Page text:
By Avi Landau
For years I had been under the mistaken impression that this ubiquitous summer-blooming tree was called a salisbury tree, always thinking that perhaps it had been introduced from England. This was just my assuming that SARU SUBERI was the katakana influenced pronunciation of the well known British Cathedral town (and in fact that is exactly how the Japanese WOULD pronounce that place name).
I felt a bit embarrassed when I finally discovered the true meaning of the Japanese tree name,
saru (monkey), and suberi (slide). It seems that this unusual moniker came about as a reference to these trees’ smooth, barkless trunks, which would probably make it difficult even for monkeys to climb. Thus it is the MONKEY-SLIP tree, and not the Salisbury.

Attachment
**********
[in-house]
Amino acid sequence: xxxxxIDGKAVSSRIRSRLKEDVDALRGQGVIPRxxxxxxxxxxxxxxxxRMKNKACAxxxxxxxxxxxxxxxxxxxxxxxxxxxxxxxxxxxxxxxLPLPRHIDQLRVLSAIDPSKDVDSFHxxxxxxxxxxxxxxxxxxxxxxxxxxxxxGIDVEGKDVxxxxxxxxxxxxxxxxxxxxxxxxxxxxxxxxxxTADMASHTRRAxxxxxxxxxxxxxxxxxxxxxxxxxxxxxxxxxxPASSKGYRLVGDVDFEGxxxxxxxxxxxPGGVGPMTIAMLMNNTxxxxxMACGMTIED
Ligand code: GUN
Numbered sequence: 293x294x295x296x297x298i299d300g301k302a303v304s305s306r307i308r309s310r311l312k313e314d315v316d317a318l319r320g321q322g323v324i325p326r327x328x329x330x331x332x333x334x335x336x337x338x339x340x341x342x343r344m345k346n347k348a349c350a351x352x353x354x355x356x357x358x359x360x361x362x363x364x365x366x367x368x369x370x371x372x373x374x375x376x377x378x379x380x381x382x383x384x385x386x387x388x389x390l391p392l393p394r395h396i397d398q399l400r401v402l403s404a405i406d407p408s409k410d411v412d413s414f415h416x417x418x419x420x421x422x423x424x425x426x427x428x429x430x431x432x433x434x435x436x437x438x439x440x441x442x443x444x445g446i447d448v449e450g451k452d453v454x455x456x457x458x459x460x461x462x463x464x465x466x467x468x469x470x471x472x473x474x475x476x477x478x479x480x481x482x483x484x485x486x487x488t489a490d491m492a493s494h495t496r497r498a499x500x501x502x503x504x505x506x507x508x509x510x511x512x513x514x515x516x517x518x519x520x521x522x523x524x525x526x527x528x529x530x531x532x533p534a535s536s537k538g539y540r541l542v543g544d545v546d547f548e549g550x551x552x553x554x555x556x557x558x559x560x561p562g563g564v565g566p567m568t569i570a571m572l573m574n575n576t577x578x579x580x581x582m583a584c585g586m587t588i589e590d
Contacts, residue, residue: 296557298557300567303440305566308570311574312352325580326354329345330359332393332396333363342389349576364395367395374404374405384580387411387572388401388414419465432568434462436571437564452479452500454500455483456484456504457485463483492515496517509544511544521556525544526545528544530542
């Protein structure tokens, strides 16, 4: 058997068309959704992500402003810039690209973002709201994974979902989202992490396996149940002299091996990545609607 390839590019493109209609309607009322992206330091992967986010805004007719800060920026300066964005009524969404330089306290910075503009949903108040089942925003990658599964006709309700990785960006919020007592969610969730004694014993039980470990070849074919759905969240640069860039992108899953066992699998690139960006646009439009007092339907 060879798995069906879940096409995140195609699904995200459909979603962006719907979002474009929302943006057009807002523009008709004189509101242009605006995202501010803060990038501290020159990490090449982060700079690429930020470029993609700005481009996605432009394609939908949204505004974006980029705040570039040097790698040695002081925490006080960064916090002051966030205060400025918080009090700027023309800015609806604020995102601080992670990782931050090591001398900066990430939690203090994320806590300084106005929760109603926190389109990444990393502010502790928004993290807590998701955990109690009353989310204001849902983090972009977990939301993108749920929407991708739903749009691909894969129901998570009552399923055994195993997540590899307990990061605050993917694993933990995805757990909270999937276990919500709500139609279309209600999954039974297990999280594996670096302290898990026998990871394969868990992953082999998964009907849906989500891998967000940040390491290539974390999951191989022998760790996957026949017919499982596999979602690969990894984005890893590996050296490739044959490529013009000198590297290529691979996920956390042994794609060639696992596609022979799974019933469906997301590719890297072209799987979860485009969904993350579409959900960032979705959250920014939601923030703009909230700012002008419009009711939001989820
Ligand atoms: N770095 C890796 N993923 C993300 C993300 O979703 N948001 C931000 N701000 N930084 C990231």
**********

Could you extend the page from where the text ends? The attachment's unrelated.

These trees originally came from Southern China and became popular in Japan during the Edo Period (1600-1868). Though they are still used in Japan, the Chinese characters used for this tree have a completely different meaning (and usual pronounciation) from monkey-slip : 百日紅 literally means “one hundred days red “, and would normally be read in Japanese as HYAKU NICHI KO, though as is the case with so many flowers and trees in Japan, a completely different reading must be memorized.
These Chinese characters were selected for good reason. The sarusuberi (crape myrtle in English) is a very long blossoming tree. One of the longest, in fact, and that is why you have one-hundred days of red (though, the tree can also have white, pink or purple flowers).
This tree`s wood is very hard and slow growing. Sometimes the trunk is used as a post in the alcoves (tokonoma) of Japanese style rooms. But the sarusuberi is most noticeable in the intense heat of August. While most other flowers wither away, it will be keeping the neighborhood alive with full-color. Just don’t try to climb it!